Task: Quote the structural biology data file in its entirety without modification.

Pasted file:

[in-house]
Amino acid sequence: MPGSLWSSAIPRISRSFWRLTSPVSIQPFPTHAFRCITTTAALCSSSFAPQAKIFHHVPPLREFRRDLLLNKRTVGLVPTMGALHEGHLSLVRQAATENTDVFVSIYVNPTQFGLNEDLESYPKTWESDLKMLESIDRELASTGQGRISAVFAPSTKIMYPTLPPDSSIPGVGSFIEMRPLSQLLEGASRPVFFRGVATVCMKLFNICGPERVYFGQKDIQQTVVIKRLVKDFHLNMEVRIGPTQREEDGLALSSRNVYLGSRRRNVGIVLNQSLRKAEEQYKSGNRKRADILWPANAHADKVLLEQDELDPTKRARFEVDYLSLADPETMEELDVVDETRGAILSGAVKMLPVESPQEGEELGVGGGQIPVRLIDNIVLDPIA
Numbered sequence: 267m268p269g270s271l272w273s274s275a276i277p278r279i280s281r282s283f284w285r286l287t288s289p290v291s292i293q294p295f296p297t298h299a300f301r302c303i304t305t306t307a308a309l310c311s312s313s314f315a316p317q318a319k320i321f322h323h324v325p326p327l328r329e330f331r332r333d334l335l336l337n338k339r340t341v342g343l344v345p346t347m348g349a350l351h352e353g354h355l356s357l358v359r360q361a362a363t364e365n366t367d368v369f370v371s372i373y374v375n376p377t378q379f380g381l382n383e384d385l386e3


[in-house]
Amino acid sequence: MPGSLWSSAIPRISRSFWRLTSPVSIQPFPTHAFRCITTTAALCSSSFAPQAKIFHHVPPLREFRRDLLLNKRTVGLVPTMGALHEGHLSLVRQAATENTDVFVSIYVNPTQFGLNEDLESYPKTWESDLKMLESIDRELASTGQGRISAVFAPSTKIMYPTLPPDSSIPGVGSFIEMRPLSQLLEGASRPVFFRGVATVCMKLFNICGPERVYFGQKDIQQTVVIKRLVKDFHLNMEVRIGPTQREEDGLALSSRNVYLGSRRRNVGIVLNQSLRKAEEQYKSGNRKRADILWPANAHADKVLLEQDELDPTKRARFEVDYLSLADPETMEELDVVDETRGAILSGAVKMLPVESPQEGEELGVGGGQIPVRLIDNIVLDPIA
Numbered sequence: 267m268p269g270s271l272w273s274s275a276i277p278r279i280s281r282s283f284w285r286l287t288s289p290v291s292i293q294p295f296p297t298h299a300f301r302c303i304t305t306t307a308a309l310c311s312s313s314f315a316p317q318a319k320i321f322h323h324v325p326p327l328r329e330f331r332r333d334l335l336l337n338k339r340t341v342g343l344v345p346t347m348g349a350l351h352e353g354h355l356s357l358v359r360q361a362a363t364e365n366t367d368v369f370v371s372i373y374v375n376p377t378q379f380g381l382n383e384d385l386e3